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    "charming" doesn't even begin to do this place justice. the apartment itself is glorious and i love that they kept it all white and airy with lots of wood floors and organic elements. there are loads of antiques and vintage pieces but it still feels totally modern and graphic and a little bohemian.
    needmeds, effie2 and Waterslide like this.
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    Elite Member faithanne's Avatar
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    I love the apartment itself but I'm not sold on all that dark orange furniture and trims, and the kids' bedroom looks like a face-painting booth at a Renaissance Fair. And I hate the dinky little IKEA kitchen.
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    Elite Member Waterslide's Avatar
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    Is it wrong that I like the aqua blue handles in the kitchen? I mean, I really do.

    I hear myself saying I hate all white houses but I guess I don't because I seem never to hate them if they're in Paris or New York. I just hate boxy, boring, glaring, surgical white. This is beautiful. And also not ALL white which helps. It would be a great place for me because it has all that fussy, prissy gilded shit and then it's up to date and fun and modern everywhere else with the chrome and plexiglass which I would hate in a McMansion but is in its correct setting here. I really especially love that room with the green furniture and drape thingy.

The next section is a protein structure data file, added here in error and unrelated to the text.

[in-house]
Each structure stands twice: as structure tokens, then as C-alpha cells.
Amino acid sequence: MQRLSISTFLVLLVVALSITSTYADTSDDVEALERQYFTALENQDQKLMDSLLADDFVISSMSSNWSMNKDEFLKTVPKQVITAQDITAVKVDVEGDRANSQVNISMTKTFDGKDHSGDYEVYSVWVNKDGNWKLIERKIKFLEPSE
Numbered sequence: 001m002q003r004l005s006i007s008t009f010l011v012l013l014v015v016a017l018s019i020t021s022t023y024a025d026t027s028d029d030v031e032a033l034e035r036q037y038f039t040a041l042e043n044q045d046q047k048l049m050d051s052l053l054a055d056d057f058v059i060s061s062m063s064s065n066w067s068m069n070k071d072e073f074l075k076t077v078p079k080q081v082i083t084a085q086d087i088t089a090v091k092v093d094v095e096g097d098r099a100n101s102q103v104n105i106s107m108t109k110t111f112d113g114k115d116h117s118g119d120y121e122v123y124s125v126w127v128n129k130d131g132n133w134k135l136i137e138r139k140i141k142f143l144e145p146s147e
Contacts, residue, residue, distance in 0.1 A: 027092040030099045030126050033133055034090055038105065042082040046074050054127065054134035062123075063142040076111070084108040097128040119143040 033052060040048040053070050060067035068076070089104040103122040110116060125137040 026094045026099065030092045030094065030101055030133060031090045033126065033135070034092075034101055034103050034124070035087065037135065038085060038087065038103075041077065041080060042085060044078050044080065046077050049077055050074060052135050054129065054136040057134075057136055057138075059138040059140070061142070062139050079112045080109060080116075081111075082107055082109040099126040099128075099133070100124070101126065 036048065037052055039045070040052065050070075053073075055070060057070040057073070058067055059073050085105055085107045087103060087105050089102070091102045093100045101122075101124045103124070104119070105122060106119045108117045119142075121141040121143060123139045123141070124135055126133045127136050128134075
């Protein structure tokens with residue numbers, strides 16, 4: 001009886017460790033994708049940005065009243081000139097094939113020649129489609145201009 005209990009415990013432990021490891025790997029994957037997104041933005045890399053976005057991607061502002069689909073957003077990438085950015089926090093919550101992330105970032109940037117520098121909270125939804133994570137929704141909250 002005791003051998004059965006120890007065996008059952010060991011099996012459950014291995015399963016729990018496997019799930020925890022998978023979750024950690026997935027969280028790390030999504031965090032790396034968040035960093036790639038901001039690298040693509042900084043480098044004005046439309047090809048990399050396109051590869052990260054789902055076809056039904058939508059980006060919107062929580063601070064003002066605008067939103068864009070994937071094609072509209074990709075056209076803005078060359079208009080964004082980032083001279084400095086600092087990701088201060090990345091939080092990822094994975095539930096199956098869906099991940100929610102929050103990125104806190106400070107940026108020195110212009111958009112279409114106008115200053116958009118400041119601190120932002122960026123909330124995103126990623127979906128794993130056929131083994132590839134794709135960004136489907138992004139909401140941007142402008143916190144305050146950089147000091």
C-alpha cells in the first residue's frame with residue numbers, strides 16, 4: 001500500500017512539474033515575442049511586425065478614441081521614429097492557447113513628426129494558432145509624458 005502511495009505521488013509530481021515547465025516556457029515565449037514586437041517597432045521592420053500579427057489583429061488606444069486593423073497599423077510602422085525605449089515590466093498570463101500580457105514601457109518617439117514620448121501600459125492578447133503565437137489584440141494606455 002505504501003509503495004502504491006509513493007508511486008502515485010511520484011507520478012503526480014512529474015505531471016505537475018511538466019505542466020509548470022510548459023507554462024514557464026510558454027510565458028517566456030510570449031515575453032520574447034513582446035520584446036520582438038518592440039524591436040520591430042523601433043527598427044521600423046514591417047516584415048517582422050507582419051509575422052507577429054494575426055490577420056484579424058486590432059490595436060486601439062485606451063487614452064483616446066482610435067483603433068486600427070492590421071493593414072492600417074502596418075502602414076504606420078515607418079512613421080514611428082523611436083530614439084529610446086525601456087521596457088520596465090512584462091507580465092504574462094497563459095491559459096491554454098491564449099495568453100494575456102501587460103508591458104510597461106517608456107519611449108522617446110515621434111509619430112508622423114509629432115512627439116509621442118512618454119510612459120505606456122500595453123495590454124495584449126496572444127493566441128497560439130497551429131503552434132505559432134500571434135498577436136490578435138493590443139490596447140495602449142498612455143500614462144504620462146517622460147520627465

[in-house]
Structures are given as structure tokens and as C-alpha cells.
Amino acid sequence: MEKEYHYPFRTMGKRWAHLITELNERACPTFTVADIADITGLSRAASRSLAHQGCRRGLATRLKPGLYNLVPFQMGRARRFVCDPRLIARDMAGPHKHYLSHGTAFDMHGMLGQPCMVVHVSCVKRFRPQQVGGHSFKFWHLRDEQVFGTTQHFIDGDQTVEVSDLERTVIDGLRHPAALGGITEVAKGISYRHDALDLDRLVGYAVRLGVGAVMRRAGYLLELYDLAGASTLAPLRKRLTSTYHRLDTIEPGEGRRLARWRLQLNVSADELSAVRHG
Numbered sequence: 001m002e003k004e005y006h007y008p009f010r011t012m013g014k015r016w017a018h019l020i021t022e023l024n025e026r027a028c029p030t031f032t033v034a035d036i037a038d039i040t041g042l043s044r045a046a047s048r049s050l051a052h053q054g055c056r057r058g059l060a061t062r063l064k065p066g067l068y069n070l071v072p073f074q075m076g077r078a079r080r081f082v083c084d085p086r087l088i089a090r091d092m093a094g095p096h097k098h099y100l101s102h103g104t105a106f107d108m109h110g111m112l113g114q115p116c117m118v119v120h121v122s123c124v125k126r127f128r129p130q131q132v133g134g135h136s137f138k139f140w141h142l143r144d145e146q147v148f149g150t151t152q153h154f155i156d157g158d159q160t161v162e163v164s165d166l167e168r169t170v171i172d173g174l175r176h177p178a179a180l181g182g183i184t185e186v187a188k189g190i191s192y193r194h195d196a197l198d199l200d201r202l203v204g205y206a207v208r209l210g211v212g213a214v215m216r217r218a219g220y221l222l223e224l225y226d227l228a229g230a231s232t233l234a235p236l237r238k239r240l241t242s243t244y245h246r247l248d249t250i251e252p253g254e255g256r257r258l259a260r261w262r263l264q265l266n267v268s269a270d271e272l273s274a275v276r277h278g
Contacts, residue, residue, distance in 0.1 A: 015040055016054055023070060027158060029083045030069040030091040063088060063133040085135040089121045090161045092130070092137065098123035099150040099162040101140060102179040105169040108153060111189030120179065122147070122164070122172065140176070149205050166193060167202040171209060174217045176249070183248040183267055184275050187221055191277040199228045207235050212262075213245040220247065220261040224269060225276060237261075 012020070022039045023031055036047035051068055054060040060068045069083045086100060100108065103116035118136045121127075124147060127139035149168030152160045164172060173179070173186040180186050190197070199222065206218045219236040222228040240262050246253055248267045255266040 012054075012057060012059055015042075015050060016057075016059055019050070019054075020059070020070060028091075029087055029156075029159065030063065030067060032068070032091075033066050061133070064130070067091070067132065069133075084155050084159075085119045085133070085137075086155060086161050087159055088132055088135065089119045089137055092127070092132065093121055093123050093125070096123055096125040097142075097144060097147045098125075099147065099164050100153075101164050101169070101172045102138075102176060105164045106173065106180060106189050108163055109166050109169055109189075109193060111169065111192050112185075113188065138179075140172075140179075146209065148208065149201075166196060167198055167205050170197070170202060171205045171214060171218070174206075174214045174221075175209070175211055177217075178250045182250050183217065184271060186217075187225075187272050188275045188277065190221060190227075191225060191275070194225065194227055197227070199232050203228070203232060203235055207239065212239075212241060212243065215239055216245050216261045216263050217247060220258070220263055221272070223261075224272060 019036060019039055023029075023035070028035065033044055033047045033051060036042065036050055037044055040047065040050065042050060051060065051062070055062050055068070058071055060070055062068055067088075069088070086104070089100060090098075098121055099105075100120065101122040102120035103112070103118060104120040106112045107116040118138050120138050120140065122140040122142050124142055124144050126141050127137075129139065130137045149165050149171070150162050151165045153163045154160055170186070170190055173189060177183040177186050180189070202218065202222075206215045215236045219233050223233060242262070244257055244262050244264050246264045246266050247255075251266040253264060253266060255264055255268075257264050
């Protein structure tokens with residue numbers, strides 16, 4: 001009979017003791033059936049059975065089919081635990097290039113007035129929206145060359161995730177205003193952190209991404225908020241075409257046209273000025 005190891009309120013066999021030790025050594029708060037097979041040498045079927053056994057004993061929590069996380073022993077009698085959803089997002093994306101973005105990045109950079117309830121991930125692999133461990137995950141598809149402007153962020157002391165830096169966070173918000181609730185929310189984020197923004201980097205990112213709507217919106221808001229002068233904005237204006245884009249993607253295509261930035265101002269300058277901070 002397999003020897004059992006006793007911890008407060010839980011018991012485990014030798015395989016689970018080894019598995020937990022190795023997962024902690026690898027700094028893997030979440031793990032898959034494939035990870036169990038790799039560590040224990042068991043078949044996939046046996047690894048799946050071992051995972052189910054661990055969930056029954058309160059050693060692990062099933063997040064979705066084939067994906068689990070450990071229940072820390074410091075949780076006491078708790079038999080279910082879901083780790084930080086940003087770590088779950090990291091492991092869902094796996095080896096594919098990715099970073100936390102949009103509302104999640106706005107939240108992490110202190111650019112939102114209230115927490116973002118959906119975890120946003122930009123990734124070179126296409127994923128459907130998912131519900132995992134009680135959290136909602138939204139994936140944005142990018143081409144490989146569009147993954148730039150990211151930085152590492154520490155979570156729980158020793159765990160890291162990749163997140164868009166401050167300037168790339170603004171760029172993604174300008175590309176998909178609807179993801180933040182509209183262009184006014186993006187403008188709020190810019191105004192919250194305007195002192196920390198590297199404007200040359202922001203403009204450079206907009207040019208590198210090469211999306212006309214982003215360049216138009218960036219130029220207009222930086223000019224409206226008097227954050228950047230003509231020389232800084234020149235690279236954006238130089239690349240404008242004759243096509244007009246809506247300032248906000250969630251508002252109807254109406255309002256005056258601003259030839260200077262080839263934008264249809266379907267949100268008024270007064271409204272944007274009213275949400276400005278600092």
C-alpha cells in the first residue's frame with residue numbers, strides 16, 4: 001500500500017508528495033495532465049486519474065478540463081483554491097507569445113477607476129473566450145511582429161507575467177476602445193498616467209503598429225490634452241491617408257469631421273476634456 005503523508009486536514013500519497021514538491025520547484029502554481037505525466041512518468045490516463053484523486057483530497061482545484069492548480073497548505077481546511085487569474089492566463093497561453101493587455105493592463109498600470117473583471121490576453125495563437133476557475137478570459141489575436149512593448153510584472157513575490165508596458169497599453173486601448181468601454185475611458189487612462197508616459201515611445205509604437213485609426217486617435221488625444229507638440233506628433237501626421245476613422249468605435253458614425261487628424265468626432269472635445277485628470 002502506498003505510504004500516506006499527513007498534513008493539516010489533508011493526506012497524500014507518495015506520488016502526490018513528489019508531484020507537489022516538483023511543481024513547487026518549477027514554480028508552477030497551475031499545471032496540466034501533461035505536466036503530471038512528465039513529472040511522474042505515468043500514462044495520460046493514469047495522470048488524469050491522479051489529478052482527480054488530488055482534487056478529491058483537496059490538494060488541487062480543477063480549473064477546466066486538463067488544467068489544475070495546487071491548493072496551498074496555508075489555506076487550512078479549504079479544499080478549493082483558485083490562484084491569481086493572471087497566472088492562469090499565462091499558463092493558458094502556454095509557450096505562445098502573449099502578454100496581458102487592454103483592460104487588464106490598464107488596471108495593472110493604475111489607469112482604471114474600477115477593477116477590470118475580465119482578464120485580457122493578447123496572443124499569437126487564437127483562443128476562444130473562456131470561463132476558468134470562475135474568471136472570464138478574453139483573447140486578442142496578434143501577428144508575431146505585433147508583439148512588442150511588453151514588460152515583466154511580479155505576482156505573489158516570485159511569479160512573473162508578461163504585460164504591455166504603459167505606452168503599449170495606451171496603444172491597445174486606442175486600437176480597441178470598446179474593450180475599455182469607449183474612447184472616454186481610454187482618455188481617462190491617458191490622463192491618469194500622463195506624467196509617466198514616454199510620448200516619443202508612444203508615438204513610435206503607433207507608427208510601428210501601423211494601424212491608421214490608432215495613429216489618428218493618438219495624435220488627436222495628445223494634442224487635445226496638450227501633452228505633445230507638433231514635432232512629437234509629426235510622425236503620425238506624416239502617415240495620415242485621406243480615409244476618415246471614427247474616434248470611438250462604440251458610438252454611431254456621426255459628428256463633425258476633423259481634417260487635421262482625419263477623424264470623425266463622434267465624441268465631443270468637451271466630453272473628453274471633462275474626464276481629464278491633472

And tbh, I'd love it if my own room looked like a face painting booth at a Ren Faire. I'm hopeless.

    tl;dr Places like this appeal to me because I love old things, but they are often not practical, and I also am too indecisive to pick an era, and you can get away with displaying just about anything in this setting.
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    Elite Member sputnik's Avatar
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    ^^^^
    i adore the pulls on the kitchen cabinets. and that's not ikea, those are custom lacquer cabinets. it's such a cool mix with the almost rustic tiles. i love the mix of old and new that feels really modern without being trendy.
    you know i love an all white home but i like it balanced with the warmth of architectural details and organic elements like wood floors and antique tile floors and all the cabinetry and the moulding. also i want to take that vasarely off their hands.
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    Elite Member Waterslide's Avatar
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    Yes, I see a few pieces of art in there that I had to take a second look at to realize they're originals because my poor brain only thinks in prints and reproductions. lol I am very jealous.